5) When the broth evaporates and has left a light brown layer on the bottom of the pan, add more (or add water).
Tip: You want to add enough liquid so that it goes back up the sides of the pan. This is to dissolve any brownings on the sides of the pan from the previous round of broth. You want all of this brown flavor in your eventual gravy.
6) Put the roast back into the oven. When the liquid level gets low again, add more liquid again.
7) When it gets to 180°F, take the roast out of the oven and let it rest for 30-40 minutes. It will be fine for up to an hour. There is no need to cover it during resting time.
This is important because this is the only time the roast will rest. Don’t skip this step.
Isn’t that the coolest way to roast pork? It’s low and slow so that it’s tender, just the way you want it. And the outside is all brown and crunchy and full of flavor. I’m never going to roast pork another way.
Here the whole How to Roast Pork tutorial in printable form. Just click print below.
This is a method for how to roast pork so that it is juicy and tender on the inside and had a gorgeous brown crust on the outside. It works perfectly every time!
a boneless or bone in pork butt or pork shoulder (4-8 pounds is ideal)
1 and 1/2 tsp. black pepper
1 and 1/2 tsp. garlic powder
1 tsp. salt
low or no-sodium chicken broth
Take your pork roast out of the fridge and let it sit at room temperature for 30 minutes to an hour. Preheat oven to 300°F.
If your pork roast has a thick layer of fat on the outside, cut about half of it away so that it’s a thinner layer. You can throw this out. Or, the best thing to do, is to turn it into a snack to have while your pork is roasting. Put the fat that you removed from the roast in a single layer on its own cake pan. Use a pan with edges because a lot of hot fatty liquid is going to come out of it. Season it lightly with salt. Roast the layer of fat in the 300F oven until it’s brown and very crispy. Check it often. Blot it on kitchen towel. Break it into pieces and offer it as nibbles to anyone who is lured into your kitchen by the roasting pork smells.
Meanwhile, mix the pepper, garlic powder and salt in a small bowl and then sprinkle liberally all over the roast. Depending on the size of your roast, you may not need it all.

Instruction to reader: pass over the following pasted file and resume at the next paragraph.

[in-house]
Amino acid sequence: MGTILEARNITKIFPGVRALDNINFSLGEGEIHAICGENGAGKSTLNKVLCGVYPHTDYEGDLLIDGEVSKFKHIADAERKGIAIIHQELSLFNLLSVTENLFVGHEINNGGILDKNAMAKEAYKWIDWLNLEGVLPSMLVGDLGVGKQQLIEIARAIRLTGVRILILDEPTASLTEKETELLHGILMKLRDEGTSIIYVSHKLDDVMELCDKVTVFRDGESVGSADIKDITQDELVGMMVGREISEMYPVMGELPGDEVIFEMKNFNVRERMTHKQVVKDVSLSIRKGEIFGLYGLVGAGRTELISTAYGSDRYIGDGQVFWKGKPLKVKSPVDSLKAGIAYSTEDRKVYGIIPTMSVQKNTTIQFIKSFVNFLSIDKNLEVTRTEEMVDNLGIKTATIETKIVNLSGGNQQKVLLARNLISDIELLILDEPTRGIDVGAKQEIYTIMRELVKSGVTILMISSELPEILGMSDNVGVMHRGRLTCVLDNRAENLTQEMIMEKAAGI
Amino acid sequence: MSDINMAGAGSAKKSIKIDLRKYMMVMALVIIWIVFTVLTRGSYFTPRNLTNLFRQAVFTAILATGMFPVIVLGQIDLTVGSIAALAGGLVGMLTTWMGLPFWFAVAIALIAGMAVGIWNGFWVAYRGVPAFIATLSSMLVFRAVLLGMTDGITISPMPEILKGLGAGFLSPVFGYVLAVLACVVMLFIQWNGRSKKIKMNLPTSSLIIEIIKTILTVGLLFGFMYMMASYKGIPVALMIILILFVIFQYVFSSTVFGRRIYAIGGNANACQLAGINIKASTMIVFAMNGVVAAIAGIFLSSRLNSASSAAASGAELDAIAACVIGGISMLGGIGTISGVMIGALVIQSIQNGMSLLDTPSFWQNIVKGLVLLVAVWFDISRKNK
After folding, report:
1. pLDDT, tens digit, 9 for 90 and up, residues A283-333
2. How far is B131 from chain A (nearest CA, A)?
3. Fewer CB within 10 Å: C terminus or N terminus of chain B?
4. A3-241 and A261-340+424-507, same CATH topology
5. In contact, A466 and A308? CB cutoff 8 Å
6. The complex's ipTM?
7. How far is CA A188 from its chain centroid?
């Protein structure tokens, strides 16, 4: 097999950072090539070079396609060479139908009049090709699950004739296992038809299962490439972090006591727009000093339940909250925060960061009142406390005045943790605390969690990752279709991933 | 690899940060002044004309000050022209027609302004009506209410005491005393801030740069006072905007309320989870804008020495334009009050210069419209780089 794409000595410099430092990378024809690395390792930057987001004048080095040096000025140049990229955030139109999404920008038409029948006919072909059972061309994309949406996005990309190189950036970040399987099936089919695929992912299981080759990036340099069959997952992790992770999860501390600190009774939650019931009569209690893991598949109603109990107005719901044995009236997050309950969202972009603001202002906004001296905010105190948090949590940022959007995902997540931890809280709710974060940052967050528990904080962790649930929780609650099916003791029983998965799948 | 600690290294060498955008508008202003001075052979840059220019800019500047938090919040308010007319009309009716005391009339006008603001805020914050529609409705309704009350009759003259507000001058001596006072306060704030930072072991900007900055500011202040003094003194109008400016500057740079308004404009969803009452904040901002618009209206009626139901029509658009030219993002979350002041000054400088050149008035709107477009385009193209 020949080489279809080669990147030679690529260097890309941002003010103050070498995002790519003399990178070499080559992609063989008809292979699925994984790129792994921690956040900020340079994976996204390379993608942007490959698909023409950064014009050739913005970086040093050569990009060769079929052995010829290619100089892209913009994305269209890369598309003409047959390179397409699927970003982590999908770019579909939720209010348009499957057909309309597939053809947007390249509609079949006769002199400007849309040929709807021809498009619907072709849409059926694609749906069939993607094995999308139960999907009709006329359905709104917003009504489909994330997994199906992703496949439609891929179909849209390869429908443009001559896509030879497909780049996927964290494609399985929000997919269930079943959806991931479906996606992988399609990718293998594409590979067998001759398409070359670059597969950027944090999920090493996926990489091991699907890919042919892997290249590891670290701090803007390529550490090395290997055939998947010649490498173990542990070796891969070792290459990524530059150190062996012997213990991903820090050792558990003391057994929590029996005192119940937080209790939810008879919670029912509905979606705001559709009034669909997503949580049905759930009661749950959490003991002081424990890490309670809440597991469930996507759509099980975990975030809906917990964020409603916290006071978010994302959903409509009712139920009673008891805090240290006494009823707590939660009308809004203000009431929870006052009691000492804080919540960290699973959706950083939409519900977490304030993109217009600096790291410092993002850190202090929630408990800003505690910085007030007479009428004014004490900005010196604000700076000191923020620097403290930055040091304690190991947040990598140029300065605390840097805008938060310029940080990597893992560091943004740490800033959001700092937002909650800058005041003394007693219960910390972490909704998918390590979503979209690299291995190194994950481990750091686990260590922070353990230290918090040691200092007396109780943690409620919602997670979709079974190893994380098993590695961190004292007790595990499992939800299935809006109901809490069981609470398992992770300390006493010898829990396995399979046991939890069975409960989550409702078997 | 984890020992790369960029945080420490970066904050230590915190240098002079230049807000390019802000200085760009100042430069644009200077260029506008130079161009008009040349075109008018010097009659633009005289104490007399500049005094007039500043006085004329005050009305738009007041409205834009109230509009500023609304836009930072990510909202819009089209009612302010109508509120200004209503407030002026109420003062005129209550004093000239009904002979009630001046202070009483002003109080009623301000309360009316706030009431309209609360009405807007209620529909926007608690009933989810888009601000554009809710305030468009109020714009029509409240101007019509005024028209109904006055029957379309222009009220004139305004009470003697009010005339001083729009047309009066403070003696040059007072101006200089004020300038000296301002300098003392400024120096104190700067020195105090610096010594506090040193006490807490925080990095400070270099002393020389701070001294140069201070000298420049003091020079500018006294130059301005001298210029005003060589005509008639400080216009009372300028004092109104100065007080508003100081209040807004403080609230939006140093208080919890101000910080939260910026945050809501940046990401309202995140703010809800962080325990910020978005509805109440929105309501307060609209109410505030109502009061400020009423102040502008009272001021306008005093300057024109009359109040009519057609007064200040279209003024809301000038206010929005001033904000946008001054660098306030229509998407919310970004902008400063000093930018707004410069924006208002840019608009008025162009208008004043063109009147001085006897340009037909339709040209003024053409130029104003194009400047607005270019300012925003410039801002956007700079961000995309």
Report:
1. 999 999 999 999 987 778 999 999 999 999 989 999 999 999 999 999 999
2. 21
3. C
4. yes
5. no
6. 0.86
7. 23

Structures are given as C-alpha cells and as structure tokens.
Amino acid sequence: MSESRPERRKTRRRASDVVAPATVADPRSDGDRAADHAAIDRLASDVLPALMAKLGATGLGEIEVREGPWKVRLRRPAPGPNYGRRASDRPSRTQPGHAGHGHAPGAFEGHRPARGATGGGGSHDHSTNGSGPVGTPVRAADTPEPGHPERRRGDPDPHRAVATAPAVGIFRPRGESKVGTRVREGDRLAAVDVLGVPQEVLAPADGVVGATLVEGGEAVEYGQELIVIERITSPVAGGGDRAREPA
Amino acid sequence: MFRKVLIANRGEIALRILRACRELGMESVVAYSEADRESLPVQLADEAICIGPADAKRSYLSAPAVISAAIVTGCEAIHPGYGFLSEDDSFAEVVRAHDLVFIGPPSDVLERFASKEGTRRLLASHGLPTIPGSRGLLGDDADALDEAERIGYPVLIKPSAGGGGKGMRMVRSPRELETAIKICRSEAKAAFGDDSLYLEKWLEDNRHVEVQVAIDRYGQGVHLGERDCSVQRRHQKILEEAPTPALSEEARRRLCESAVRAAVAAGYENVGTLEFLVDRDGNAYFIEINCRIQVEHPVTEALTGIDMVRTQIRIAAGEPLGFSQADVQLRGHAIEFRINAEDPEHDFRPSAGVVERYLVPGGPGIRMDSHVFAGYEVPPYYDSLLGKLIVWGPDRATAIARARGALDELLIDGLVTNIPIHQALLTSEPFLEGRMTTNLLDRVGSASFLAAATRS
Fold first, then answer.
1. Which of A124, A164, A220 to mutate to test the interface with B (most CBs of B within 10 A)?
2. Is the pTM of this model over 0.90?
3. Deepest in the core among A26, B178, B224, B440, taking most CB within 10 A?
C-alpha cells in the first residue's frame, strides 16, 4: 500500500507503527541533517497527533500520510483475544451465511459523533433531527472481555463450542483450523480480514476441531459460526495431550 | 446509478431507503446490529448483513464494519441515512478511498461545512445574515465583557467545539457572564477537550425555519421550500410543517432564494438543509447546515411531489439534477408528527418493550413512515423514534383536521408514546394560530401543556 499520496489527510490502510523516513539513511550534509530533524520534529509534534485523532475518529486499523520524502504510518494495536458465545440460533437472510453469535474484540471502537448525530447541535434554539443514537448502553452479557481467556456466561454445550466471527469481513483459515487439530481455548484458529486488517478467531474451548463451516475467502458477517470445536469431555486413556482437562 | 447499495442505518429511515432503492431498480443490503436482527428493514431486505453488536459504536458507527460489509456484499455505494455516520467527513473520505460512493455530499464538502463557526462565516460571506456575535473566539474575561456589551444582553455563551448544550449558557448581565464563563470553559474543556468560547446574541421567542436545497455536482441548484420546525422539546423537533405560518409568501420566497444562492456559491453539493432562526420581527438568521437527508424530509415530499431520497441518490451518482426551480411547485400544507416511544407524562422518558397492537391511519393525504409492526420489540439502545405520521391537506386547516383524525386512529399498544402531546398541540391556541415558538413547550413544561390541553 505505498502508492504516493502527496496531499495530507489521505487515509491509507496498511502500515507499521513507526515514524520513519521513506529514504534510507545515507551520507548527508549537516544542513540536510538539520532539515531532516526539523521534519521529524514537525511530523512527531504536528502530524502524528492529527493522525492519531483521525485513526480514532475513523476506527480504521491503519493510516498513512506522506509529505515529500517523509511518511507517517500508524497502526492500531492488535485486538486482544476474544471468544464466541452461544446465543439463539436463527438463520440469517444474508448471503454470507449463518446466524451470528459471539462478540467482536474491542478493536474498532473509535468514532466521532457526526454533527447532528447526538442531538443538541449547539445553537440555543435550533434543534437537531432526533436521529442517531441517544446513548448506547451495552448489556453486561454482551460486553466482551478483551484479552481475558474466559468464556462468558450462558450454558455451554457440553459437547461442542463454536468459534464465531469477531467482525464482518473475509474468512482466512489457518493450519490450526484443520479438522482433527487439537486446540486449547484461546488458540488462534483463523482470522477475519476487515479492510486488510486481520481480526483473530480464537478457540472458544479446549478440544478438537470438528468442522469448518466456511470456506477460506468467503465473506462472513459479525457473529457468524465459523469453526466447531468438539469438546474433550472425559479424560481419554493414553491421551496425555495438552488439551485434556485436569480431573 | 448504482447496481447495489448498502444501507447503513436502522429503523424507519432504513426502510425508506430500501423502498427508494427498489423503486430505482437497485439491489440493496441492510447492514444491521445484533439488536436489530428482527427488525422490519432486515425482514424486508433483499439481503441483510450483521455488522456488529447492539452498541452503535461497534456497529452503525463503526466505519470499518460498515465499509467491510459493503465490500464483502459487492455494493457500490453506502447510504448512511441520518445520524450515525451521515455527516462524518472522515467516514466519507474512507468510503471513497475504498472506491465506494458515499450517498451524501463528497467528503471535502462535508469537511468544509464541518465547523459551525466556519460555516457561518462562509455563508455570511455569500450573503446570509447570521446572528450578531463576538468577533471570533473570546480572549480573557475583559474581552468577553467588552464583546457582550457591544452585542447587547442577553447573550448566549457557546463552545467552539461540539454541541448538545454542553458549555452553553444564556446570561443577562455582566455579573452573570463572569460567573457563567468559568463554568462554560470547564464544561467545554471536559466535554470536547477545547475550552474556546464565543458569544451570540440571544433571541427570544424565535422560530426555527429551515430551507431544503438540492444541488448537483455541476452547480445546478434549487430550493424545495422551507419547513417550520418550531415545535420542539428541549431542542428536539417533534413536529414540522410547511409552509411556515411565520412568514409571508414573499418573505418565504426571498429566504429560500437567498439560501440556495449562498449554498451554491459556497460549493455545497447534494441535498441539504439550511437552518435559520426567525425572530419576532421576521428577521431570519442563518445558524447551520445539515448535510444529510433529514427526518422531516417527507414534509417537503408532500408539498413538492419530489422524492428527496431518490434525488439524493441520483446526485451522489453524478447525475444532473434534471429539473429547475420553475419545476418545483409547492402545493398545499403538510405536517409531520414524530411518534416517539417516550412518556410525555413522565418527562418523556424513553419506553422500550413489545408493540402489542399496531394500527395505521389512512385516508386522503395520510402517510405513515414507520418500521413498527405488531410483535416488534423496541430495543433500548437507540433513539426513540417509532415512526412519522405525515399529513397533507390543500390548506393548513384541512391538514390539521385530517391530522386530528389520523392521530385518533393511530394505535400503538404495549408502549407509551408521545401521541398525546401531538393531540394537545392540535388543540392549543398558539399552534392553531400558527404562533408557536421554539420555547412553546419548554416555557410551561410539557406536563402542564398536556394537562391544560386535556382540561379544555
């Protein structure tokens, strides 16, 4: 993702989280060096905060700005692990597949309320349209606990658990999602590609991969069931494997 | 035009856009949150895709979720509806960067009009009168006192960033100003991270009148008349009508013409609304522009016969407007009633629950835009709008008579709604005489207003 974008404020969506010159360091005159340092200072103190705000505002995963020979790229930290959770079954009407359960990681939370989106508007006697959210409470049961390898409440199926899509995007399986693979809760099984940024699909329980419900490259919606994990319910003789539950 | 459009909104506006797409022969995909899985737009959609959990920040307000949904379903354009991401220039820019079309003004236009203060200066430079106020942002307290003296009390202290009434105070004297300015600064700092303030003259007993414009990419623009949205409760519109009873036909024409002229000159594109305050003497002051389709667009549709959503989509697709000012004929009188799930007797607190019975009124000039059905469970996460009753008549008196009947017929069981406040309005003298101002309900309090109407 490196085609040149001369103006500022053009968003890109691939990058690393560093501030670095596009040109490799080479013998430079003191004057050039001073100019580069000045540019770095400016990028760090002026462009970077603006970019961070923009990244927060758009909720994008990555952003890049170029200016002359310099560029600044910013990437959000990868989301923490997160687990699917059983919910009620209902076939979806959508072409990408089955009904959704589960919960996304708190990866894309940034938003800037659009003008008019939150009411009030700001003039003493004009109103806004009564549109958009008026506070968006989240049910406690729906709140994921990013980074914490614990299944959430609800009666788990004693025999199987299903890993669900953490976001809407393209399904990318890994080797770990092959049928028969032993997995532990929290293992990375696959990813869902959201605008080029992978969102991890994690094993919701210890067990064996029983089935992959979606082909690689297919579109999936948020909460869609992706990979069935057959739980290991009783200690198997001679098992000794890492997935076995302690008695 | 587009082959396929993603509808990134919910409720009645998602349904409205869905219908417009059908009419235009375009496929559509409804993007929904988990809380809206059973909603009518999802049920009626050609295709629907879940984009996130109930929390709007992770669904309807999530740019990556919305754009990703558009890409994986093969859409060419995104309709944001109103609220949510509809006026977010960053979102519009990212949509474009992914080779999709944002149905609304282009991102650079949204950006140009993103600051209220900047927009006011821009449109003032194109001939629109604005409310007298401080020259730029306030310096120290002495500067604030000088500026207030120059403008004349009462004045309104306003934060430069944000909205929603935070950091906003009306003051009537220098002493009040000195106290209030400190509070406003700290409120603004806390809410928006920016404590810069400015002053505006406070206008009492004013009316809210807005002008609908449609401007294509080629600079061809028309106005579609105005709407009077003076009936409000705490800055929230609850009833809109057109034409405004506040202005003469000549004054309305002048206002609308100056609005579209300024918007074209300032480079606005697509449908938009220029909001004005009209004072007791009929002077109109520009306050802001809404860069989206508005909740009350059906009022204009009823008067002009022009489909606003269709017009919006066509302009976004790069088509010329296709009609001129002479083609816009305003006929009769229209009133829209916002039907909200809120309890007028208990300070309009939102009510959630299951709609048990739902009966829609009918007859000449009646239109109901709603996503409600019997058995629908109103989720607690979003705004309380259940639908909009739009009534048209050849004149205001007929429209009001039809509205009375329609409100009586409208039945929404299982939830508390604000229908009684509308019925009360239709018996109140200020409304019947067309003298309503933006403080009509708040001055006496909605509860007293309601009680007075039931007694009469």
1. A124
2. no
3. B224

Put the roast in a large roasting pan, fat-side-up. You do not need to use a rack in the pan. I never do. Add about half an inch of low or no-sodium chicken broth to the bottom of the pan. Put it into the oven, uncovered. For how long? Well, you’re not aiming for a slightly rare pork here. You want that really tender meat like for pulled pork. But you don’t want it to be so tender that it pulls when you try to slice it. Aim for about 180°F internal temperature. Use an instant read thermometer to check the temperature. It will take about 40 minutes per pound. If at any point most of the broth has evaporated, add another half inch.
Take the roast out of the oven. Transfer it to a plate so that you can get at the roasting pan and make your gravy. Let the roast rest for 30-40 minutes. This is important because this is the only time the roast will rest. The roast does not need to be covered during resting time. Don’t skip this step. Use this time to make your gravy. (Here’s how to make gravy using the flavorful broth from the bottom of the roasting pan) and to finish off your other side dishes and set the table.
Preheat the oven to 475F.
Once the roast has rested, the oven has preheated and once you have everything else for your dinner just about ready, put the roast into a clean roasting pan or onto a baking sheet, uncovered, and put it into the hot oven for 13-17 minutes. You want the outside to get nice and brown.
When it’s really nice and browned, take the roast out of the oven and immediately carve it* and serve it. Do not let it rest now since it has already rested.
Here on COOKtheSTORY, Professional Recipe Creator and Photographer Christine Pittman gives you a glimpse into her real life of quick and easy, healthy, homemade cooking. See her most popular recipes here.